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North Korea joins the CISG

UNCCA is pleased to share UNCITRAL-RCAP’s recent success.

The Democratic People’s Republic of Korea has joined the United Nations Convention on Contracts for the International Sale of Goods (CISG).  In doing so, the DPRK becomes the 90th State Party to the Convention, and effectively becomes part of a modern, uniform, and fair framework for the contract of sale, which is the backbone of international trade in all countries.

The CISG entered into force in 1988 after it reached the required number of States Parties with the ratifications by China and the United States. The CISG establishes a comprehensive code of legal rules governing the formation of contracts for the international sale of goods, the obligations of the buyer and seller, remedies for breach of contract and other aspects of the contract.  It governs contracts for the international sales of goods, excluding sales to consumers, services, and sales of certain specified types of goods; purely domestic sale contracts are not affected by the CISG and remain regulated by domestic law.

The CISG has been ratified by 90 countries around the world of all levels of economic development and representing different legal tradition and political systems. Together, their economies represent more than 2/3 of the world trade in goods, including such important economies in the Asia and Pacific region such as Australia, China, Japan, Republic of Korea and Russia, but also large economies in other parts of the world, such as most European Union countries, Brazil, Canada and the United States. Uncertainty as to the governing law of contracts, and the diversity of domestic sales laws, may represent a barrier to trade and make the outcome of international commercial disputes highly unpredictable. Most countries that joined the CISG have done so with a view to providing their import and export businesses with a uniform substantive law framework that was especially conceived for international contracts.  Consequently, the CISG is considered one of the core international trade law conventions.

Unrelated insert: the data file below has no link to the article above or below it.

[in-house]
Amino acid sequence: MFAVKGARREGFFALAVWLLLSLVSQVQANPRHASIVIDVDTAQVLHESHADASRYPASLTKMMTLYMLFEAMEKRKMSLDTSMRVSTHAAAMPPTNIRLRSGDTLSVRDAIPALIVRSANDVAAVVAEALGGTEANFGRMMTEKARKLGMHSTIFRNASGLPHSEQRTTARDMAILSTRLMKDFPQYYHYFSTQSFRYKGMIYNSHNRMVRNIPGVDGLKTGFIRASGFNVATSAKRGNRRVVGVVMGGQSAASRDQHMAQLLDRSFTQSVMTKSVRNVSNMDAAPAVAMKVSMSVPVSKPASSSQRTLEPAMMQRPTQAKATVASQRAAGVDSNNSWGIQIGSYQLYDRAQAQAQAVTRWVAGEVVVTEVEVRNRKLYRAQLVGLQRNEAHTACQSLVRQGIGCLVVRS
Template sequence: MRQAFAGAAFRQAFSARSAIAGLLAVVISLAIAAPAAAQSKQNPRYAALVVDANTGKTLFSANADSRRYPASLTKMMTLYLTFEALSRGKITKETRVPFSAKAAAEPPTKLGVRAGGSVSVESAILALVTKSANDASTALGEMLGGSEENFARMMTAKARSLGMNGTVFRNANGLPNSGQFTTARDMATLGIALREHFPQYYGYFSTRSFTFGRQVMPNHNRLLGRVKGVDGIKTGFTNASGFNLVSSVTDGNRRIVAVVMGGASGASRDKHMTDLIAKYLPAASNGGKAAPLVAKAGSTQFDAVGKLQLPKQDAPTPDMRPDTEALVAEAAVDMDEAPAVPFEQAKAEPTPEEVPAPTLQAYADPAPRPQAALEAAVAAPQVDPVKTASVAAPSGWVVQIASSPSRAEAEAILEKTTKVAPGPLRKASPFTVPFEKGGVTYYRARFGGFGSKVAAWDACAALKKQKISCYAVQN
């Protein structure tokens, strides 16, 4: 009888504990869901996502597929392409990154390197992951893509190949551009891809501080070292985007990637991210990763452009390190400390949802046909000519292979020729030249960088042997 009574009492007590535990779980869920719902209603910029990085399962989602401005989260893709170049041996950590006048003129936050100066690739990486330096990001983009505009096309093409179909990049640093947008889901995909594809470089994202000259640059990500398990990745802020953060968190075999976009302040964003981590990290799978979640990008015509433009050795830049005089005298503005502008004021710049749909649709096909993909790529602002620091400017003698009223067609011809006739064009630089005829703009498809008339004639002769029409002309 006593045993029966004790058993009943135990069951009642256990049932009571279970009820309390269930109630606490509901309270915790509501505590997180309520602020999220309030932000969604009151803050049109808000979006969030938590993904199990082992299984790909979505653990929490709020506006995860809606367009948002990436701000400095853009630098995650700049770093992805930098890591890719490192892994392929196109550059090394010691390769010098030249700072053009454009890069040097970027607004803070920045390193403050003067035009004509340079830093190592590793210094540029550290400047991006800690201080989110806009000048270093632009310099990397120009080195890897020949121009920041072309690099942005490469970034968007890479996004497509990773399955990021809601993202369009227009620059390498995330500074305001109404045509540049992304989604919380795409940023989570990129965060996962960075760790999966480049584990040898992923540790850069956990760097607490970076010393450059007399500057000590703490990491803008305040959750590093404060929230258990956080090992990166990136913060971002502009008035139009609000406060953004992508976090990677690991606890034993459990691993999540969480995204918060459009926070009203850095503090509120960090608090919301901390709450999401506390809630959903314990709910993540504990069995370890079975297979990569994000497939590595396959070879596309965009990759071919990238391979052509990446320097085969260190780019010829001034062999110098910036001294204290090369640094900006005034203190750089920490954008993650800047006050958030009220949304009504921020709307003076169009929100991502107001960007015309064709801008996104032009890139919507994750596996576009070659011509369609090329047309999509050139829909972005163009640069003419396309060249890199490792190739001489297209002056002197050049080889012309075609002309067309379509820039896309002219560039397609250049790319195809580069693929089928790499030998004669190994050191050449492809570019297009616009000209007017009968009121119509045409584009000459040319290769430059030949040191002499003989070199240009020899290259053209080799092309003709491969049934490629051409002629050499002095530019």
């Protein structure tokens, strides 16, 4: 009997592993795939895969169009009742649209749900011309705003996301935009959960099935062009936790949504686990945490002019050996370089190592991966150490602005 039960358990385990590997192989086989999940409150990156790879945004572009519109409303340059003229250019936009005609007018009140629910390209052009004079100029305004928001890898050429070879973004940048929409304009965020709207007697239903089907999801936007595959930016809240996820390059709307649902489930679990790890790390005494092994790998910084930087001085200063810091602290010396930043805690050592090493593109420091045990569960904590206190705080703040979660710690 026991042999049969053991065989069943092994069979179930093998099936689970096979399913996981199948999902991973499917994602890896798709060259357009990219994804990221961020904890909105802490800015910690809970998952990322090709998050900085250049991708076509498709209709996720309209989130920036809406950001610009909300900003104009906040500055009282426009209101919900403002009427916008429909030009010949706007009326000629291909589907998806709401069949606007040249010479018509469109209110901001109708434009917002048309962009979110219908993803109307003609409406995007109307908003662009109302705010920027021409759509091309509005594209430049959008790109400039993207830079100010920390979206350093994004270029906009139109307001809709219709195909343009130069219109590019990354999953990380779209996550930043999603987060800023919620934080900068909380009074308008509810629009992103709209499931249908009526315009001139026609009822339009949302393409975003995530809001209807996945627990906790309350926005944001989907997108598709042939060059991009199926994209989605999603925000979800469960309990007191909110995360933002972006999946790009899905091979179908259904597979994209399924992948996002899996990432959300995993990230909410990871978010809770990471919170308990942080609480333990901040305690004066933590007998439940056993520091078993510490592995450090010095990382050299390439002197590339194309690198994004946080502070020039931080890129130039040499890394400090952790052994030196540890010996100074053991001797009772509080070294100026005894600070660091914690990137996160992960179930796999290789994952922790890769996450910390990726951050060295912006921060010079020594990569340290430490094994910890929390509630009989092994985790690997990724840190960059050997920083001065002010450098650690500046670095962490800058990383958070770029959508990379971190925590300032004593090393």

At its 35th anniversary in 2015, the CISG was hailed as a “an ingenious compromise, a bridge between treaty law and commercial practice . . . between different legal cultures, concepts and languages . . . between the past and the future.”  The CISG’s entry into force for the DPRK on 1 April 2020 will coincide with the 40th anniversary of its adoption. The DPRK will then join a large group of countries representing all economic and legal systems in crossing this bridge.

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